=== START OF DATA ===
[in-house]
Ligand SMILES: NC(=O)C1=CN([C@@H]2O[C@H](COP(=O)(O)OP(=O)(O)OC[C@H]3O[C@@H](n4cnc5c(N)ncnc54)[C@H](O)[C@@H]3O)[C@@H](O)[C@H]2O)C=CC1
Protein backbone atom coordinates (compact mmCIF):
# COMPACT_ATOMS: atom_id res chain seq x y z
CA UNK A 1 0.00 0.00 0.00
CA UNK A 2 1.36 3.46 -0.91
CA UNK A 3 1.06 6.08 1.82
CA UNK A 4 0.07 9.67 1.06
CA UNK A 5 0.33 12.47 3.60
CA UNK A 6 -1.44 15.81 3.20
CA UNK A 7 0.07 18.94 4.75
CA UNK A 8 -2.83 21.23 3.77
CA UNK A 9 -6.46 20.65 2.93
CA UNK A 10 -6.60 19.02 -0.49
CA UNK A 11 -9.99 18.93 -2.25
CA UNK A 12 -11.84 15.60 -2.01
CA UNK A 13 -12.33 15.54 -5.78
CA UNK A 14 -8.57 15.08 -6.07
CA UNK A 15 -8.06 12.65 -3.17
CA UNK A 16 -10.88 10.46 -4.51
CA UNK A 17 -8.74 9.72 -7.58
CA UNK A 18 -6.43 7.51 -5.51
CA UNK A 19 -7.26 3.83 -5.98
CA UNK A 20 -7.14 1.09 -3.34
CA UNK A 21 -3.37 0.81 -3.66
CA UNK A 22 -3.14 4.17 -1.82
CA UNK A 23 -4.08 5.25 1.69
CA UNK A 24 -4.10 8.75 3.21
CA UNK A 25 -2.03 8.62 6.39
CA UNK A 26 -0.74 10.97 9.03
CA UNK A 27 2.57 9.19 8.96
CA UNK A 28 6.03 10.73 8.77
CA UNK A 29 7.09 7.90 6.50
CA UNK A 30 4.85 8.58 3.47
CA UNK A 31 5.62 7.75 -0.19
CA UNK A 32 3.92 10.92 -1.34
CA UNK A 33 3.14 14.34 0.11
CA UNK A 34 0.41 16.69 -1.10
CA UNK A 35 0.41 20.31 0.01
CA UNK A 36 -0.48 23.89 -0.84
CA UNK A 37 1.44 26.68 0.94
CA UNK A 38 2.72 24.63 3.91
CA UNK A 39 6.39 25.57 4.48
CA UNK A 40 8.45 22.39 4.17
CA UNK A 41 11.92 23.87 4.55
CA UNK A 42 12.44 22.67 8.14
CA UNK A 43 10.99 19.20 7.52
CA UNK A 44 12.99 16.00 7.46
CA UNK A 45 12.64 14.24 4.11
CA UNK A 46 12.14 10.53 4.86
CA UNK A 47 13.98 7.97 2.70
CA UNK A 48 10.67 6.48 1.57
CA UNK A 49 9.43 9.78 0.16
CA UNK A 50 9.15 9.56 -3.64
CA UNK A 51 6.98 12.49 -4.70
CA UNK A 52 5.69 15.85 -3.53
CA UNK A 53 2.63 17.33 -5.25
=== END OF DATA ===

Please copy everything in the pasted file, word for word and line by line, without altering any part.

[in-house]
Ligand SMILES: NC(=O)C1=CN([C@@H]2O[C@H](COP(=O)(O)OP(=O)(O)OC[C@H]3O[C@@H](n4cnc5c(N)ncnc54)[C@H](O)[C@@H]3O)[C@@H](O)[C@H]2O)C=CC1
Protein backbone atom coordinates (compact mmCIF):
# COMPACT_ATOMS: atom_id res chain seq x y z
CA UNK A 1 0.00 0.00 0.00
CA UNK A 2 1.36 3.46 -0.91
CA UNK A 3 1.06 6.08 1.82
CA UNK A 4 0.07 9.67 1.06
CA UNK A 5 0.33 12.47 3.60
CA UNK A 6 -1.44 15.81 3.20
CA UNK A 7 0.07 18.94 4.75
CA UNK A 8 -2.83 21.23 3.77
CA UNK A 9 -6.46 20.65 2.93
CA UNK A 10 -6.60 19.02 -0.49
CA UNK A 11 -9.99 18.93 -2.25
CA UNK A 12 -11.84 15.60 -2.01
CA UNK A 13 -12.33 15.54 -5.78
CA UNK A 14 -8.57 15.08 -6.07
CA UNK A 15 -8.06 12.65 -3.17
CA UNK A 16 -10.88 10.46 -4.51
CA UNK A 17 -8.74 9.72 -7.58
CA UNK A 18 -6.43 7.51 -5.51
CA UNK A 19 -7.26 3.83 -5.98
CA UNK A 20 -7.14 1.09 -3.34
CA UNK A 21 -3.37 0.81 -3.66
CA UNK A 22 -3.14 4.17 -1.82
CA UNK A 23 -4.08 5.25 1.69
CA UNK A 24 -4.10 8.75 3.21
CA UNK A 25 -2.03 8.62 6.39
CA UNK A 26 -0.74 10.97 9.03
CA UNK A 27 2.57 9.19 8.96
CA UNK A 28 6.03 10.73 8.77
CA UNK A 29 7.09 7.90 6.50
CA UNK A 30 4.85 8.58 3.47
CA UNK A 31 5.62 7.75 -0.19
CA UNK A 32 3.92 10.92 -1.34
CA UNK A 33 3.14 14.34 0.11
CA UNK A 34 0.41 16.69 -1.10
CA UNK A 35 0.41 20.31 0.01
CA UNK A 36 -0.48 23.89 -0.84
CA UNK A 37 1.44 26.68 0.94
CA UNK A 38 2.72 24.63 3.91
CA UNK A 39 6.39 25.57 4.48
CA UNK A 40 8.45 22.39 4.17
CA UNK A 41 11.92 23.87 4.55
CA UNK A 42 12.44 22.67 8.14
CA UNK A 43 10.99 19.20 7.52
CA UNK A 44 12.99 16.00 7.46
CA UNK A 45 12.64 14.24 4.11
CA UNK A 46 12.14 10.53 4.86
CA UNK A 47 13.98 7.97 2.70
CA UNK A 48 10.67 6.48 1.57
CA UNK A 49 9.43 9.78 0.16
CA UNK A 50 9.15 9.56 -3.64
CA UNK A 51 6.98 12.49 -4.70
CA UNK A 52 5.69 15.85 -3.53
CA UNK A 53 2.63 17.33 -5.25